Genre: Historical Fiction
Publication Date: October 2003
Publisher: Harper Perennial
Source: Local Public Library
From the outside, fifteen-year-old Kambili has the perfect life. She lives in a beautiful house, has a caring family, and attends an exclusive missionary school. She's completely shielded from the troubles of the world. Yet, as Kambili reveals in her tender-voiced account, things are less than perfect in her wealthy Nigerian home. Although her papa is generous and well respected, he is fanatically religious and tyrannical at home. He looms over his family's every move, severely punishes Kambili and her older brother, Jaja, if they're not the best in their classes, and hits their mama if she disagrees with him. Home is silent and suffocating.
But everything changes once Kambili and Jaja visit Aunty Ifeoma outside the city. For the first time they experience freedom from their papa. Jaja learns to garden and work with his hands, and Kambili secretly falls in love with a young, charismatic priest.
As the country begins to fall apart under a military coup, tension within the family escalates. And shy Kambili must find the strength to keep her family together after her mother commits a desperate act.
Purple Hibiscus is a stunning debut that captures the fragile beauty of a young woman's awakening at a time when both country and family are on the cusp of change.
Purple Hibiscus is a character drive novel set in the backdrop of political unrest in Nigeria. It's the kind of novel that I tend to lends towards. Kambili and her family and the relationship to each other are complex, puzzling and frightening all at the same time. The bulk of the story deals with how Kambili, Jaja and their mother have been isolated and repressed by their father and his "strong" religious beliefs. How his immersion into the Catholic faith denominated every aspect of his life, even at the cost of his relationship with his father who believes in the traditions and faith of their tribe.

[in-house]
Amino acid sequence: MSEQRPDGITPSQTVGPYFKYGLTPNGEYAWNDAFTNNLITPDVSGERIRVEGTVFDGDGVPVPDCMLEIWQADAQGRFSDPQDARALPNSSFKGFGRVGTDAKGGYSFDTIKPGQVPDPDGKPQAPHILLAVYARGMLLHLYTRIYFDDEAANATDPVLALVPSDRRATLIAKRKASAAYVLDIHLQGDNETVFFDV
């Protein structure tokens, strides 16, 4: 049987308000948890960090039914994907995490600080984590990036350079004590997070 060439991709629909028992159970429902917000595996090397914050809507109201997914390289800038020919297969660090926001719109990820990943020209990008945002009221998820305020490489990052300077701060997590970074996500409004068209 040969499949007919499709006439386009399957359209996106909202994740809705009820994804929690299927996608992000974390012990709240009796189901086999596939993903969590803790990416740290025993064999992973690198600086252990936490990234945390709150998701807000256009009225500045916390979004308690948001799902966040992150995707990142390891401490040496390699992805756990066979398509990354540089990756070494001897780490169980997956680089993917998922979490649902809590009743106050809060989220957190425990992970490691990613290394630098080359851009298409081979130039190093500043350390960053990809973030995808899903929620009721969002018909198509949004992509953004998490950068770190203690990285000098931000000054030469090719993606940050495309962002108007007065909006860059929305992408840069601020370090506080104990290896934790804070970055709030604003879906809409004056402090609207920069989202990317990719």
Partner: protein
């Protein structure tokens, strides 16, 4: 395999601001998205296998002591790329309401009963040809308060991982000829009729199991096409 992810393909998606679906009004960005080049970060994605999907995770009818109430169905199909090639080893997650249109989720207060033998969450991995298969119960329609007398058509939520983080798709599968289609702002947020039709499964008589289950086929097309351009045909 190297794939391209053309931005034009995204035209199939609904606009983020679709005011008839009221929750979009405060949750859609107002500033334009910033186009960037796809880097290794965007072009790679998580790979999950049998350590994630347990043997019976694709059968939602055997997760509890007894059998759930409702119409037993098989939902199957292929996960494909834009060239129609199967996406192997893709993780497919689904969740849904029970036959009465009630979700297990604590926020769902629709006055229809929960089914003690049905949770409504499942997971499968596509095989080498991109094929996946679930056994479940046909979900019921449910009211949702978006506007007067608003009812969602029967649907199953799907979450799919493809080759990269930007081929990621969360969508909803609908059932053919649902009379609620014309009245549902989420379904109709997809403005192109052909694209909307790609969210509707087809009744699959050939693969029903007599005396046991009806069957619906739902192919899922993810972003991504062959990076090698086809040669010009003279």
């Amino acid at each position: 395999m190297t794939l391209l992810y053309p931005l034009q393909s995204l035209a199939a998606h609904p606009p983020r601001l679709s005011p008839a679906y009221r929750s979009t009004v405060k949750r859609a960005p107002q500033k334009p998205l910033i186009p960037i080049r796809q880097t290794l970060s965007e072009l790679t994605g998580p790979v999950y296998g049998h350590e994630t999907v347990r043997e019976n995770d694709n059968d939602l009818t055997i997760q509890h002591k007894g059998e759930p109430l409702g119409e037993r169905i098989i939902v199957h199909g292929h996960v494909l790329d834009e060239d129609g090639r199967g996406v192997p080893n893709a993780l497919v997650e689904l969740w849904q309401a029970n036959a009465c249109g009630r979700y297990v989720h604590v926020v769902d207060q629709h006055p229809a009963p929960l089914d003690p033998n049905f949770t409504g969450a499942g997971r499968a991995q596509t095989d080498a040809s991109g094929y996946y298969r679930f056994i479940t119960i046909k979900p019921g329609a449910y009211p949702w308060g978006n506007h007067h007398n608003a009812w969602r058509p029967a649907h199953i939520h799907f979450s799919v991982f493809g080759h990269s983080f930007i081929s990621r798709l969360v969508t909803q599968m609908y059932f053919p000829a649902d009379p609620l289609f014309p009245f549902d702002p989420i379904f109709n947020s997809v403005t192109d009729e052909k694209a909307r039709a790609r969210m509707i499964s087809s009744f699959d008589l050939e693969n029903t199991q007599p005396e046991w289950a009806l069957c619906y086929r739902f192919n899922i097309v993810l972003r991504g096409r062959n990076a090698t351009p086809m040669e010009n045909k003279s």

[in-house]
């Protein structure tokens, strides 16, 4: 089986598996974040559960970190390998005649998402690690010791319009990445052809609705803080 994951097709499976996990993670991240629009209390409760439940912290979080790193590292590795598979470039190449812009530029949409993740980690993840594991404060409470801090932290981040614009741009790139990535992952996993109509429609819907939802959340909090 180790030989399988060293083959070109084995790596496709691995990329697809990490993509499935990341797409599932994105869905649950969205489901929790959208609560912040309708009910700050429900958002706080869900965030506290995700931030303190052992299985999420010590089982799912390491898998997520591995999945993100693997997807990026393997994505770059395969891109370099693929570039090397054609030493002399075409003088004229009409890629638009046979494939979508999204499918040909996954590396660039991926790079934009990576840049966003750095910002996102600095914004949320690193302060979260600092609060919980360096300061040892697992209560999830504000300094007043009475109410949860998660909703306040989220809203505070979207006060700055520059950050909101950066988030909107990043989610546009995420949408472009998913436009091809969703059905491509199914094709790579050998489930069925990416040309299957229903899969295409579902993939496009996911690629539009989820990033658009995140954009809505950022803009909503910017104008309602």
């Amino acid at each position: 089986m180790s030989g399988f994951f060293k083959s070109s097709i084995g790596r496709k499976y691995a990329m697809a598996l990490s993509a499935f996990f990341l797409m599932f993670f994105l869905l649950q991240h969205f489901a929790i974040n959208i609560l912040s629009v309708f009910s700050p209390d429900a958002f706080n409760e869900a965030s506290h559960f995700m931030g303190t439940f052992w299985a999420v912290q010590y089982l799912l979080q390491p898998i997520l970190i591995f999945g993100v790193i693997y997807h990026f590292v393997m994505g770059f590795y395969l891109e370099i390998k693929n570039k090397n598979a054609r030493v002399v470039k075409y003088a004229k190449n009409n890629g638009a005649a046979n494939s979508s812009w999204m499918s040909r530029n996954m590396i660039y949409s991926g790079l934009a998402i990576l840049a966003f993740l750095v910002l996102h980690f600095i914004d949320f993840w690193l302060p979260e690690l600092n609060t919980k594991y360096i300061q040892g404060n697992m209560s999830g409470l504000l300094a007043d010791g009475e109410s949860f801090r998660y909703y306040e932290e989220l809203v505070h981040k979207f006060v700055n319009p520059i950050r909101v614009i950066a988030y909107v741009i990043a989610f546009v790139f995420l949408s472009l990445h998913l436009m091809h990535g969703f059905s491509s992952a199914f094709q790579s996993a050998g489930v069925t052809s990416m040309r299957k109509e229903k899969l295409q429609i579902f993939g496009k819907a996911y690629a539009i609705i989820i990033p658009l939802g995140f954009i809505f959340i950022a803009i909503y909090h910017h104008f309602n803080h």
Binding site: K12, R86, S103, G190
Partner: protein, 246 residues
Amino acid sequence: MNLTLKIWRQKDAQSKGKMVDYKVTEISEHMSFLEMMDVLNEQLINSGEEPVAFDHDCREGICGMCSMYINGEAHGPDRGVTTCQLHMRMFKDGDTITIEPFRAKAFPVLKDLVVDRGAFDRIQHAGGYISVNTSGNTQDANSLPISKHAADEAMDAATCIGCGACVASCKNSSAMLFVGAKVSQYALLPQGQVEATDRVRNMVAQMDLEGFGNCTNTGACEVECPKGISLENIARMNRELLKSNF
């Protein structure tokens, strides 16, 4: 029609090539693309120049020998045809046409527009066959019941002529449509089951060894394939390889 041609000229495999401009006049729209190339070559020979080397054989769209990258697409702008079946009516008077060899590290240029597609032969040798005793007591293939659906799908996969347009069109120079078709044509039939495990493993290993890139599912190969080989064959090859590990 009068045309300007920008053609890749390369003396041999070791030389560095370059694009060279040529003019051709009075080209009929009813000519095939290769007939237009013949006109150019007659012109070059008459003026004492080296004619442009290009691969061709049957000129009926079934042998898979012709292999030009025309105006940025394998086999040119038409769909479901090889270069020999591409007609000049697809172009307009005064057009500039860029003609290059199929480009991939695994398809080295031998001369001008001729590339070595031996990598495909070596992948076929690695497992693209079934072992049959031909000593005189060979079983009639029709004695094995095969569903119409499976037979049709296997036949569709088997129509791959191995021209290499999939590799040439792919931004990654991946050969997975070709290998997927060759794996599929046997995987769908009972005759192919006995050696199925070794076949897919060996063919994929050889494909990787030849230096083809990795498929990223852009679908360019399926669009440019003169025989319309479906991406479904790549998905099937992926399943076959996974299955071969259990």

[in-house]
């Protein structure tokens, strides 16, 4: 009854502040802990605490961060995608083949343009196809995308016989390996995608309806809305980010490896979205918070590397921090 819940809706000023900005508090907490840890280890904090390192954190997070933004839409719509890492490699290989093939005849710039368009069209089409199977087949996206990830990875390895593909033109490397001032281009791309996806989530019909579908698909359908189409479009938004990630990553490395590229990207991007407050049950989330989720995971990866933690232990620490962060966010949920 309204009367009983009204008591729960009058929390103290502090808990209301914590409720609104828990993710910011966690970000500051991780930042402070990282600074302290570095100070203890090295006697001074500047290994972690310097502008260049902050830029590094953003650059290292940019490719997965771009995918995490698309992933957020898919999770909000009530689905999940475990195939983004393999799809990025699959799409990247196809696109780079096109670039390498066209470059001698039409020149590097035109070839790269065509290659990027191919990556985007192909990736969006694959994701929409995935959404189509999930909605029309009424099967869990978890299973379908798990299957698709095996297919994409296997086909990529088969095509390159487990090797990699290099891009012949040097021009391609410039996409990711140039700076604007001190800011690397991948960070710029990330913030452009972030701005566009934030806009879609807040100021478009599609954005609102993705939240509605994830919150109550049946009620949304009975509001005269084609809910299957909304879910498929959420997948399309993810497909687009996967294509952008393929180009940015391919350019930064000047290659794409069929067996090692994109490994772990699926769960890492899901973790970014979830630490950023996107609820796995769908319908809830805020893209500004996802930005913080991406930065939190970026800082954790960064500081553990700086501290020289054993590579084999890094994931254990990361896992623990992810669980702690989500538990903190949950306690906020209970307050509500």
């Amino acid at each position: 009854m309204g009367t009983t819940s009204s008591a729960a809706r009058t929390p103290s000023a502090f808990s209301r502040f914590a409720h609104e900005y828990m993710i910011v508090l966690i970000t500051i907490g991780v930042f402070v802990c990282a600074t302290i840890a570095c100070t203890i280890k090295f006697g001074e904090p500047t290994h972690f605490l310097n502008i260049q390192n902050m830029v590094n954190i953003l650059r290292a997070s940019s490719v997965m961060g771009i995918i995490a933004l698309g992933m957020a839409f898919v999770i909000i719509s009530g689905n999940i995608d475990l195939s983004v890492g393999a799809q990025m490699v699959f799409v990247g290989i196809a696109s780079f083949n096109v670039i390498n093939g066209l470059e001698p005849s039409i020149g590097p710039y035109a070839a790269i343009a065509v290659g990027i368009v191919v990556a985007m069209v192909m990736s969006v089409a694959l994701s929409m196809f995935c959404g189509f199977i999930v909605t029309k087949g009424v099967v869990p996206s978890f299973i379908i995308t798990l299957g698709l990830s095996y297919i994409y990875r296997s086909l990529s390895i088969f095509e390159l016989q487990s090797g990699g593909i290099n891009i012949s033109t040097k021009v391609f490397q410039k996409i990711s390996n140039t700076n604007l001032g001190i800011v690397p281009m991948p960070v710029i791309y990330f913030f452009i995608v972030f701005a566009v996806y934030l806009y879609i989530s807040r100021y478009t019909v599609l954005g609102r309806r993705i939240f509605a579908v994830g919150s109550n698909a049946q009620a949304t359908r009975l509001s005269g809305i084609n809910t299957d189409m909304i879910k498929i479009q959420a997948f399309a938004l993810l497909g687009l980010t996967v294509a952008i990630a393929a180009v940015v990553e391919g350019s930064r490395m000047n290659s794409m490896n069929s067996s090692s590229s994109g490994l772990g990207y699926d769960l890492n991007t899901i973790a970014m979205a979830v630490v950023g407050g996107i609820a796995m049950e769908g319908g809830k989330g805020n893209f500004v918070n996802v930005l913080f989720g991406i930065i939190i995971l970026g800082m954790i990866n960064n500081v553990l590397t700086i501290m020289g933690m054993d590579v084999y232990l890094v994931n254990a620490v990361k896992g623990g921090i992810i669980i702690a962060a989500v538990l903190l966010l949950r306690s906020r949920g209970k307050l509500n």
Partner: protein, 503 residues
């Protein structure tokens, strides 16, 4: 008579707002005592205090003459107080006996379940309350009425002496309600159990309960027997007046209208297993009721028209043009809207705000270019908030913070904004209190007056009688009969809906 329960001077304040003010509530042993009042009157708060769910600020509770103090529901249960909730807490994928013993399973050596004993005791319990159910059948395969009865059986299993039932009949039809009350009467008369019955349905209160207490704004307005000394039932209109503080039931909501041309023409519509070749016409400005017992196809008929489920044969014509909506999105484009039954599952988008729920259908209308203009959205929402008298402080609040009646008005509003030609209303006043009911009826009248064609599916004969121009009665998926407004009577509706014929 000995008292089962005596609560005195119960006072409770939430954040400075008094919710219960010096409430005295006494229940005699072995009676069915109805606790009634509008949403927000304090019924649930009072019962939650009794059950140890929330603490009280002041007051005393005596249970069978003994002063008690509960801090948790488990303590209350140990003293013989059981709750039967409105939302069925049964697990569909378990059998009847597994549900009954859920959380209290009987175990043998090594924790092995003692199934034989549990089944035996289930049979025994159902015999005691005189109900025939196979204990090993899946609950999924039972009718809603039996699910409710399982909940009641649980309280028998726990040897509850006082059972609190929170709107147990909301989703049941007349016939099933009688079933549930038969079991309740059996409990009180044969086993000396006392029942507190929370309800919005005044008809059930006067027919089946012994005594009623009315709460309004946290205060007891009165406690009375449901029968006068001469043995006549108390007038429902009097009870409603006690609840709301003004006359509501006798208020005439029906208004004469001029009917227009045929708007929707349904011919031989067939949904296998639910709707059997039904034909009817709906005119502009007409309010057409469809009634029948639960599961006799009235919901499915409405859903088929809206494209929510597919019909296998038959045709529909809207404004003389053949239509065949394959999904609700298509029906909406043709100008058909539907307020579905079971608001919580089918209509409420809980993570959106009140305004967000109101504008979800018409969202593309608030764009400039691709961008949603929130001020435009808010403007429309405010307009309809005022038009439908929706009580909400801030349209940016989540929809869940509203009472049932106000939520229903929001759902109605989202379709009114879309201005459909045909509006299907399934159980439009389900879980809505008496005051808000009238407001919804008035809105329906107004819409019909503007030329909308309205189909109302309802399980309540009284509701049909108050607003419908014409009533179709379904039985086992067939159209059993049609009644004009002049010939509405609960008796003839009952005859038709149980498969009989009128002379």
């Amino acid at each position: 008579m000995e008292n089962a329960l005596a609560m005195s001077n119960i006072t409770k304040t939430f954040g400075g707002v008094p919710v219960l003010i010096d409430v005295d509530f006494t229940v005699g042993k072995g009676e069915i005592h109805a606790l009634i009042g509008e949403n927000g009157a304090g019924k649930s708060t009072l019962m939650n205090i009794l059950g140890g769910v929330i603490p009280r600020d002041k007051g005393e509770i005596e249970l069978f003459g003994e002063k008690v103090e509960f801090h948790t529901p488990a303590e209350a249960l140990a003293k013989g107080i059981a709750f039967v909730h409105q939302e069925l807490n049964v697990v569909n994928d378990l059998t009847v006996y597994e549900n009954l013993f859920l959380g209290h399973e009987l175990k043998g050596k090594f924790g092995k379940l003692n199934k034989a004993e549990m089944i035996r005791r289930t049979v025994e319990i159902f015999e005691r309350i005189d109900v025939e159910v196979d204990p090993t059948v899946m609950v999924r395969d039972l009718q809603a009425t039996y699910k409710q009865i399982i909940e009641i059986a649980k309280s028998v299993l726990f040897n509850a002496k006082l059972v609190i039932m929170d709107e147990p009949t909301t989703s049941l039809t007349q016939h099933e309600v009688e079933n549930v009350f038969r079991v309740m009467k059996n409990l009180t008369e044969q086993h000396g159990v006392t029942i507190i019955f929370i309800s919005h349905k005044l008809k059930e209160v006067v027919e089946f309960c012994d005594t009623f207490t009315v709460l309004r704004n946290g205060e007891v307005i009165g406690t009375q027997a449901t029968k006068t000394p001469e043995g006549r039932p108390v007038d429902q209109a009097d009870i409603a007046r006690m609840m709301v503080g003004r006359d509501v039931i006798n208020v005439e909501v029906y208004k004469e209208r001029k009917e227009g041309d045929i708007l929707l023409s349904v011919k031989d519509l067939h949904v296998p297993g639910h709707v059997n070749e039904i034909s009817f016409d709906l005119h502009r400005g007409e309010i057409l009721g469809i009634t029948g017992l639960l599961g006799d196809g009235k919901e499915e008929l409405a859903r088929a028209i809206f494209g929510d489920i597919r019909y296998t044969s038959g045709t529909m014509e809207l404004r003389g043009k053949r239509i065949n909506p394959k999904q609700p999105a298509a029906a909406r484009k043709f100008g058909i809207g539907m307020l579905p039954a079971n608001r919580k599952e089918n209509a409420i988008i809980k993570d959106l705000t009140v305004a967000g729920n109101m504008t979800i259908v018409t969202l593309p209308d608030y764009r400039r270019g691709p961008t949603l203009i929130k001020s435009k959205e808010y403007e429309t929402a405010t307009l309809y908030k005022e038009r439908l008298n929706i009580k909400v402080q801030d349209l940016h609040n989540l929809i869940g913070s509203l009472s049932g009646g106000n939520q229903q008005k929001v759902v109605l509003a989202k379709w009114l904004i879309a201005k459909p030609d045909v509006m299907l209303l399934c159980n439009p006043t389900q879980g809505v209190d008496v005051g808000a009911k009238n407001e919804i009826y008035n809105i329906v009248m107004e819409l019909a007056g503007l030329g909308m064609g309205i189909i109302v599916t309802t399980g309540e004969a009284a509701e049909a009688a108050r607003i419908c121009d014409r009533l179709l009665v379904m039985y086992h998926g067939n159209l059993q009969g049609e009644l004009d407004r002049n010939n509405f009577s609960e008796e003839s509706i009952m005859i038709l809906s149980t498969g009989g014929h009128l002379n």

While I love the character building in Purple Hibiscus the story was very slow to stop. The bulk of the novel is exploring the relationship between the family members and the coming of age of Kambili and Jaja. When the action finally takes place it seems rushed and sudden. Almost like the author ran out of space and realized that she had to wrap it up. I wish she would have spent as much time developing the action part of the plot as she did the characters.
My review of the characters is going to be short and seem somewhat inadequate. That's because I have nothing really to say about other then that they were very well done. They fit perfectly in the story. There motives were clear and never did I think "why is she doing that?" I understood, everything that they did, partially because their background was thoroughly explored but also because there was so much time spent on character building.
Adichie writing was good enough not to make me notice all that much that the story was kind of slow. I was able to keep reading for longs periods of time and actually didn't want to put the novel down because I wanted to see were it was going.
I enjoyed how she mixed Iboya words and did it in such a way that the reader was able to understand their basic meaning without feeling lost. She also made the physical environment of Nigeria come alive and I could "see" some of the places that the characters visited.
Explanation of Rating:Purple Hibiscus gets and A- because the beginning was slow and the ending was too fast. All the time spent exploring characters and back stories left little space for a fulling ending. I finished Purple Hibiscus wishing that Adichie had spent as much time on the ending as she did on the rest of the story.
Final Grade: A-